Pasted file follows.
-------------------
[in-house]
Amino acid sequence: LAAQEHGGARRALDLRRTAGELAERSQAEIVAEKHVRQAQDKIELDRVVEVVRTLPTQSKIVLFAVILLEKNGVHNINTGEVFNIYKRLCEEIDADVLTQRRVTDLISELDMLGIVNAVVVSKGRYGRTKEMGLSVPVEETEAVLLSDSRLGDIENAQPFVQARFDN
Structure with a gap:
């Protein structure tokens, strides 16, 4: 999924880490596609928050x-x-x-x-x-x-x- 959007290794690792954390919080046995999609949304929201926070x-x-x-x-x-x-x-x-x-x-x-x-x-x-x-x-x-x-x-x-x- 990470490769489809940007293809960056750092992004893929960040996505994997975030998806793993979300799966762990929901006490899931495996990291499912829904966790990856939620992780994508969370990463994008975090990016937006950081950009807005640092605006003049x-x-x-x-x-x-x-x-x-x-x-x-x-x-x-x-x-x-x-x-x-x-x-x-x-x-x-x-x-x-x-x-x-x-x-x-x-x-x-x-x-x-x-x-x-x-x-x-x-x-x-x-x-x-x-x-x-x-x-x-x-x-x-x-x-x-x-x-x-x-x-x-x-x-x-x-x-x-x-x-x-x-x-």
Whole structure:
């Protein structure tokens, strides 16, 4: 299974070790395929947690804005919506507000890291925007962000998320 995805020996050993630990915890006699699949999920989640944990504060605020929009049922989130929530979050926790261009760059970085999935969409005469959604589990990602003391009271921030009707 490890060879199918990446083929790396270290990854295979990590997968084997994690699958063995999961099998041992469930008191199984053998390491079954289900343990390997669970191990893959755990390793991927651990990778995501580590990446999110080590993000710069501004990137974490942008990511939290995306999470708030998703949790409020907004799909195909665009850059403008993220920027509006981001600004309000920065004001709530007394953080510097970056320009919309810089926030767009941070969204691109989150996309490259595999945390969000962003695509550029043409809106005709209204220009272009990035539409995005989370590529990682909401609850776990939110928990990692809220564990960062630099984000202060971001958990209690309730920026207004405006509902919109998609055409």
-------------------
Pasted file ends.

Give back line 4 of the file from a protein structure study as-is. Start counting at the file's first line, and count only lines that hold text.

């Protein structure tokens, strides 16, 4: 999924880490596609928050x-x-x-x-x-x-x- 959007290794690792954390919080046995999609949304929201926070x-x-x-x-x-x-x-x-x-x-x-x-x-x-x-x-x-x-x-x-x- 990470490769489809940007293809960056750092992004893929960040996505994997975030998806793993979300799966762990929901006490899931495996990291499912829904966790990856939620992780994508969370990463994008975090990016937006950081950009807005640092605006003049x-x-x-x-x-x-x-x-x-x-x-x-x-x-x-x-x-x-x-x-x-x-x-x-x-x-x-x-x-x-x-x-x-x-x-x-x-x-x-x-x-x-x-x-x-x-x-x-x-x-x-x-x-x-x-x-x-x-x-x-x-x-x-x-x-x-x-x-x-x-x-x-x-x-x-x-x-x-x-x-x-x-x-």